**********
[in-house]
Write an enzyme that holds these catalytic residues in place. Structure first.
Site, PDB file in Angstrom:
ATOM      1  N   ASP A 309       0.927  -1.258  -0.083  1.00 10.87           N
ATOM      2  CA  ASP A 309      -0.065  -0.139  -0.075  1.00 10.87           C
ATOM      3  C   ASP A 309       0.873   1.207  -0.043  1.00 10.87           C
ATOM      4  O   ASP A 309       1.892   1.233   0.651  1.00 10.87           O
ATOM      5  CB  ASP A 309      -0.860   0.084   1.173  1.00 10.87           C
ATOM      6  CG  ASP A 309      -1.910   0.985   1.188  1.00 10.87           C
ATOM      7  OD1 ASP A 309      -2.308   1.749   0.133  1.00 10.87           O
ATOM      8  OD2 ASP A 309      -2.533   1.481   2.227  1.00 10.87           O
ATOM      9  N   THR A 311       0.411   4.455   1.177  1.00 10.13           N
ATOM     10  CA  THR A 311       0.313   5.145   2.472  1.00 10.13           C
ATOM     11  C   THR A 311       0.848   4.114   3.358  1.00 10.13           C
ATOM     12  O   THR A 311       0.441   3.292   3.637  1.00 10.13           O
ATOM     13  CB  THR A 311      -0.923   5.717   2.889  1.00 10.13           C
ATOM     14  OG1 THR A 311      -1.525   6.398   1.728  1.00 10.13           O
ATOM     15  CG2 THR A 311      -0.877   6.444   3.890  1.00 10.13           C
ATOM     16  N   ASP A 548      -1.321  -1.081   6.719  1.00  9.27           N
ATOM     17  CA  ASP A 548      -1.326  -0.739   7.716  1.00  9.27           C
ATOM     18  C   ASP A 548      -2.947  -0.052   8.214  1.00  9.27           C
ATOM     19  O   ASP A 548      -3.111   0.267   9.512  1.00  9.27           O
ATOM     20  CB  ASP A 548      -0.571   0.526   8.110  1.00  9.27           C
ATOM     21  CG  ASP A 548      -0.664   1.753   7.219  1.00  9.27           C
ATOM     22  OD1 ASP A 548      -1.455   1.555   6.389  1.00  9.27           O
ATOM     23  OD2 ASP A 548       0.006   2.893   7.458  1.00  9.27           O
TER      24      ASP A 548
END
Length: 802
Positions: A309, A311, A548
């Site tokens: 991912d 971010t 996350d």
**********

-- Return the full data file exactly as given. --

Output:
[in-house]
Write an enzyme that holds these catalytic residues in place. Structure first.
Site, PDB file in Angstrom:
ATOM      1  N   ASP A 309       0.927  -1.258  -0.083  1.00 10.87           N
ATOM      2  CA  ASP A 309      -0.065  -0.139  -0.075  1.00 10.87           C
ATOM      3  C   ASP A 309       0.873   1.207  -0.043  1.00 10.87           C
ATOM      4  O   ASP A 309       1.892   1.233   0.651  1.00 10.87           O
ATOM      5  CB  ASP A 309      -0.860   0.084   1.173  1.00 10.87           C
ATOM      6  CG  ASP A 309      -1.910   0.985   1.188  1.00 10.87           C
ATOM      7  OD1 ASP A 309      -2.308   1.749   0.133  1.00 10.87           O
ATOM      8  OD2 ASP A 309      -2.533   1.481   2.227  1.00 10.87           O
ATOM      9  N   THR A 311       0.411   4.455   1.177  1.00 10.13           N
ATOM     10  CA  THR A 311       0.313   5.145   2.472  1.00 10.13           C
ATOM     11  C   THR A 311       0.848   4.114   3.358  1.00 10.13           C
ATOM     12  O   THR A 311       0.441   3.292   3.637  1.00 10.13           O
ATOM     13  CB  THR A 311      -0.923   5.717   2.889  1.00 10.13           C
ATOM     14  OG1 THR A 311      -1.525   6.398   1.728  1.00 10.13           O
ATOM     15  CG2 THR A 311      -0.877   6.444   3.890  1.00 10.13           C
ATOM     16  N   ASP A 548      -1.321  -1.081   6.719  1.00  9.27           N
ATOM     17  CA  ASP A 548      -1.326  -0.739   7.716  1.00  9.27           C
ATOM     18  C   ASP A 548      -2.947  -0.052   8.214  1.00  9.27           C
ATOM     19  O   ASP A 548      -3.111   0.267   9.512  1.00  9.27           O
ATOM     20  CB  ASP A 548      -0.571   0.526   8.110  1.00  9.27           C
ATOM     21  CG  ASP A 548      -0.664   1.753   7.219  1.00  9.27           C
ATOM     22  OD1 ASP A 548      -1.455   1.555   6.389  1.00  9.27           O
ATOM     23  OD2 ASP A 548       0.006   2.893   7.458  1.00  9.27           O
TER      24      ASP A 548
END
Length: 802
Positions: A309, A311, A548
């Site tokens: 991912d 971010t 996350d």